Tungsten components inside fusion reactors are subjected to extreme conditions, including an exceptionally high heat flux. This loading induces high stress levels, that may lead to brittle fracture. The current work aims to provide novel insights by relating the risk for brittle fracture to the tungsten microstructure and loadings conditions. To this end, a crystal plasticity framework is adopted with a temperature dependent slip resistance. The required parameters are obtained from experimental data in the literature. The risk for brittle fracture is assessed by means of Beremin's weakest-link theory. The brittle-to-ductile transition temperature (BDTT) found in literature can be accurately described with the presented framework. The simulation results reveal that the BDTT decreases linearly with the volume fraction of recrystallized grains in the microstructure. It is also shown that a sharp interface between rolled and recrystallized microscopic grains is more favourable in terms of risk for brittle fracture.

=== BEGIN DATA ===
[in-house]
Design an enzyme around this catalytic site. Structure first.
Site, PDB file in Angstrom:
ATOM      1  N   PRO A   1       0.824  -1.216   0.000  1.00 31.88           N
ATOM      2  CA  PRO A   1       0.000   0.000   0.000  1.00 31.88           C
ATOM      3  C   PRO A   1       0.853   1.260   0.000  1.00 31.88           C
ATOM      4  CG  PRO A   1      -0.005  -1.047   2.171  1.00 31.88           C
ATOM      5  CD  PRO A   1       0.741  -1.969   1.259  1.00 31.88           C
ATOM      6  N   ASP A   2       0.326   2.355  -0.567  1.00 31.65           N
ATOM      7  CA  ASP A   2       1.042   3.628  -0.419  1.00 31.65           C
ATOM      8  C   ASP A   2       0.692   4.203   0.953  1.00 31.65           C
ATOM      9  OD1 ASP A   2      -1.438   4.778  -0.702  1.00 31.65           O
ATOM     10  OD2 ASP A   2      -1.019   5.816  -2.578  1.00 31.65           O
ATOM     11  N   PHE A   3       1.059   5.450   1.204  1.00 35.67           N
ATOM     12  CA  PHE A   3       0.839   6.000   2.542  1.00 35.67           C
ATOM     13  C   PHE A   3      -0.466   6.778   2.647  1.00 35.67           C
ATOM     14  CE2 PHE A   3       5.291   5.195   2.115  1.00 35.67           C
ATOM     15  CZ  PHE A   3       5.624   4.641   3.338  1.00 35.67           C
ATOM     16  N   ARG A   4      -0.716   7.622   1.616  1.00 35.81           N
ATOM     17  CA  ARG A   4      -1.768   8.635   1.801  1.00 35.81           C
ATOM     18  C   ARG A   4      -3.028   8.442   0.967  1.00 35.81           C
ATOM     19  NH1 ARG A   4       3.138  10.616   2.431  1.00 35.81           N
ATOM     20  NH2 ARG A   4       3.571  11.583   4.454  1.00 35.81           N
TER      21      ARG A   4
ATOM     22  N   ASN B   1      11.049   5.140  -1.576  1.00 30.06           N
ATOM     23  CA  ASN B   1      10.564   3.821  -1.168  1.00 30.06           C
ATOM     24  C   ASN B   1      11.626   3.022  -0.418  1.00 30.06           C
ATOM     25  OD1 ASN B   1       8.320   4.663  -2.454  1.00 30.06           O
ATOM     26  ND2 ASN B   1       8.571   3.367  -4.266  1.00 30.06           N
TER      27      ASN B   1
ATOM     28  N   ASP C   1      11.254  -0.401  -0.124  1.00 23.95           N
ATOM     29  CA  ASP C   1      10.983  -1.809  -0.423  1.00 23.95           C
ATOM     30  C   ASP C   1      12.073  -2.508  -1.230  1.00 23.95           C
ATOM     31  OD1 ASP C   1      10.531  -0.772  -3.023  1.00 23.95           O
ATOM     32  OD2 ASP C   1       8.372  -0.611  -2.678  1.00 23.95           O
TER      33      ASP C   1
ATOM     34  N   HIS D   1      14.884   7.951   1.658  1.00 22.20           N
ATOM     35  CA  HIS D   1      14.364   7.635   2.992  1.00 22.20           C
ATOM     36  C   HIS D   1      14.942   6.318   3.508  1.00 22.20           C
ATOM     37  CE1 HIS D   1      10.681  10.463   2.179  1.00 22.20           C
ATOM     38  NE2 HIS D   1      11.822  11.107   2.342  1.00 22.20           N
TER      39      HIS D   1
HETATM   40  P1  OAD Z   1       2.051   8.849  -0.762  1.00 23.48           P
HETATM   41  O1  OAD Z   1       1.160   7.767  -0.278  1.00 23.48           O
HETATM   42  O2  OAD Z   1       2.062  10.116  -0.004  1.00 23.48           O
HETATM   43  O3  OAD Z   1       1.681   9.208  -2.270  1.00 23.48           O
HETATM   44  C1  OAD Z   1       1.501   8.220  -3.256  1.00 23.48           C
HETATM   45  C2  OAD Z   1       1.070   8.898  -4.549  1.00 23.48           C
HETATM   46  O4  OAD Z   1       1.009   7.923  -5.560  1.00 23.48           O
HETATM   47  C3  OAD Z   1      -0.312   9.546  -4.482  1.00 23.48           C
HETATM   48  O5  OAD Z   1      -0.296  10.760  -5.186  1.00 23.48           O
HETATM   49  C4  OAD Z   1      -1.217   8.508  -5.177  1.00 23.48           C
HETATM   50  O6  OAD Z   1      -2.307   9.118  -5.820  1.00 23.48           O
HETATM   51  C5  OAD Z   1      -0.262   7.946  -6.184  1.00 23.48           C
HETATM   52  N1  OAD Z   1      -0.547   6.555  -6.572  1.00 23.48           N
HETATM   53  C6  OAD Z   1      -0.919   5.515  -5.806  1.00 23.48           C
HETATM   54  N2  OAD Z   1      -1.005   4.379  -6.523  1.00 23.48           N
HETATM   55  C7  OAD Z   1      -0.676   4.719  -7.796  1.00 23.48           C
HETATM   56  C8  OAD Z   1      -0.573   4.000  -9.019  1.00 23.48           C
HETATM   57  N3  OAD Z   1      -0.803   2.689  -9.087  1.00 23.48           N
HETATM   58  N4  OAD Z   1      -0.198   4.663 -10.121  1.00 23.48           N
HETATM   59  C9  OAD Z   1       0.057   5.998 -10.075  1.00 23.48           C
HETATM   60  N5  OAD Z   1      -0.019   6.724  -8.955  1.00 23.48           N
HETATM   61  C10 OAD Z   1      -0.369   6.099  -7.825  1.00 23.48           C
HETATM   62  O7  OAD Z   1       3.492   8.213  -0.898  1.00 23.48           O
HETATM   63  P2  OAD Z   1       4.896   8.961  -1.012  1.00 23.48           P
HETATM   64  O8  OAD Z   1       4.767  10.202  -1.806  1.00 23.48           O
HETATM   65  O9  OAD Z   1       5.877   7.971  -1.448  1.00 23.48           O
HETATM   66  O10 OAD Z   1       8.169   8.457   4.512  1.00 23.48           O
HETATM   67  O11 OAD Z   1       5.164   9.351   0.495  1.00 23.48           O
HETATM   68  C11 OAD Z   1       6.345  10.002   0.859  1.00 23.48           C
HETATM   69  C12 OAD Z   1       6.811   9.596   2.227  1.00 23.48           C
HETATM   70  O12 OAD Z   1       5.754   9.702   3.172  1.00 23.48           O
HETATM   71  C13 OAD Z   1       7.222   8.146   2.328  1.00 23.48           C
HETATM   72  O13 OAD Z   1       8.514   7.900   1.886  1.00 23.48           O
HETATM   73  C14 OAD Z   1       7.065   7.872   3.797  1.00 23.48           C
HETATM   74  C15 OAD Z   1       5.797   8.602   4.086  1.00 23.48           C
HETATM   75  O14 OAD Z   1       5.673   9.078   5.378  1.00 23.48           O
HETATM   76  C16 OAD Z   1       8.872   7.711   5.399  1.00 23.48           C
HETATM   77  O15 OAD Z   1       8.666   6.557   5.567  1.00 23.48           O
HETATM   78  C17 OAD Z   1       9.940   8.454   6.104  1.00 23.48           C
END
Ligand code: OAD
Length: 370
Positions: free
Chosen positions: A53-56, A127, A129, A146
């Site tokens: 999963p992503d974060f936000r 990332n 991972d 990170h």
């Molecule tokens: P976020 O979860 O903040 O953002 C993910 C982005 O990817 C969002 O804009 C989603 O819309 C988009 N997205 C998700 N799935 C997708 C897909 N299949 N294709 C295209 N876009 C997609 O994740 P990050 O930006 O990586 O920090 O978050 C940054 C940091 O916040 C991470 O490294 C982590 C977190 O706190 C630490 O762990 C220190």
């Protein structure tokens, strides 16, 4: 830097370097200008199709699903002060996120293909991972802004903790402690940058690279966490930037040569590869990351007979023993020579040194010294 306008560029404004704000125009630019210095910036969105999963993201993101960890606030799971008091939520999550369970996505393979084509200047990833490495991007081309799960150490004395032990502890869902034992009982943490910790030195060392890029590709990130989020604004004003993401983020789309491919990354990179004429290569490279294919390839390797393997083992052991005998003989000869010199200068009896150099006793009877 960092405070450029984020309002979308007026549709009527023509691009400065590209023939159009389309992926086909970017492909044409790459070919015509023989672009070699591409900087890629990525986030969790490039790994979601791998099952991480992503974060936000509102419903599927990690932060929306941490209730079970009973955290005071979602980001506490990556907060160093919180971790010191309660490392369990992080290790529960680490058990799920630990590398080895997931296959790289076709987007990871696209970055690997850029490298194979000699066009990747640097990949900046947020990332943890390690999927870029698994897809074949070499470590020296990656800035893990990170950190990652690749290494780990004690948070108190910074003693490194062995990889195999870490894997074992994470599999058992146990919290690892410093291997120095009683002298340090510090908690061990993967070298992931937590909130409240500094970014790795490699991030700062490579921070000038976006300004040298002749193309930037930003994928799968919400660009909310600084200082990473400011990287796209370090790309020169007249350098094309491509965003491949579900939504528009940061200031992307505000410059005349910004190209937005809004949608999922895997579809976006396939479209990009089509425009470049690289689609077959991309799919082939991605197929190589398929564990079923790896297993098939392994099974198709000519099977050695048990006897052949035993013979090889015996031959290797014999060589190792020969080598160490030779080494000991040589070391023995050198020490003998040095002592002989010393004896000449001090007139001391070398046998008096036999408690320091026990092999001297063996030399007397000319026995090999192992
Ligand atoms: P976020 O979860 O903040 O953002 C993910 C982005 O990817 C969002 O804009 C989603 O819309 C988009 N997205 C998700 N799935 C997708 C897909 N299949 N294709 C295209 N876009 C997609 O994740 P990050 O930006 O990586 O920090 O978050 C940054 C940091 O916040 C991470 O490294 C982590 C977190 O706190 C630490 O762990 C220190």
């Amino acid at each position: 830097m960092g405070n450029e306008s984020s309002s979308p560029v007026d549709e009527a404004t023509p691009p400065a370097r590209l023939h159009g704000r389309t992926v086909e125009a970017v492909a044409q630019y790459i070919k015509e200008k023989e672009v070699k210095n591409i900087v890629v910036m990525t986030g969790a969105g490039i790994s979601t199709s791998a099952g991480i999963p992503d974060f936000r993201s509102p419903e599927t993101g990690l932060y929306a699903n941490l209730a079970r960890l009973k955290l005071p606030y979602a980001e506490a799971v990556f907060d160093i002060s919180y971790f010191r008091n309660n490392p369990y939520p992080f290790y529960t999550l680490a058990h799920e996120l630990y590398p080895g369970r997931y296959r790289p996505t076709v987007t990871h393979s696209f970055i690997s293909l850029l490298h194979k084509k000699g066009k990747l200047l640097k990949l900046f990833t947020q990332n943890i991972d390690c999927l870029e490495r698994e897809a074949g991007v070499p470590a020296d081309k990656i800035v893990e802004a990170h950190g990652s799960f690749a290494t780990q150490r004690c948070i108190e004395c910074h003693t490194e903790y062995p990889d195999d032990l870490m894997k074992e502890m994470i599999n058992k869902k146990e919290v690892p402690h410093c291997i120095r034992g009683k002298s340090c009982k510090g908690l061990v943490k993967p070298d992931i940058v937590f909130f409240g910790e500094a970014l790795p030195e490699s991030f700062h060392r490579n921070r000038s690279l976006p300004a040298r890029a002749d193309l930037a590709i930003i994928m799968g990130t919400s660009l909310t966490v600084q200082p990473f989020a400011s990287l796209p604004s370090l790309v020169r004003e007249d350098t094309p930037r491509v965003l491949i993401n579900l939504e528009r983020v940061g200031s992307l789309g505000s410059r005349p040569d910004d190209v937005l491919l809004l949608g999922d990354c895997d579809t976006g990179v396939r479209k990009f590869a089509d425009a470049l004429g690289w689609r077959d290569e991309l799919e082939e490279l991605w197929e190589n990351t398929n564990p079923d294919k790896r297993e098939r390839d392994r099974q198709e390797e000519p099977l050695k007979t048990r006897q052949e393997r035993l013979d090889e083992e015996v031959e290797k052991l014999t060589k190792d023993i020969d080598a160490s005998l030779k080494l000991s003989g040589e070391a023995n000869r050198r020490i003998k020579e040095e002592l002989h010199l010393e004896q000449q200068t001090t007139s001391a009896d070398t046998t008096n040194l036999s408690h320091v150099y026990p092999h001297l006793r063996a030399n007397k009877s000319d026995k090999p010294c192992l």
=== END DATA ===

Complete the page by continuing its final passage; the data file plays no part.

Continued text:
|Tijdschrift||Modelling and Simulation in Materials Science and Engineering|
|Nummer van het tijdschrift||1|
|Status||Gepubliceerd - jan 2021|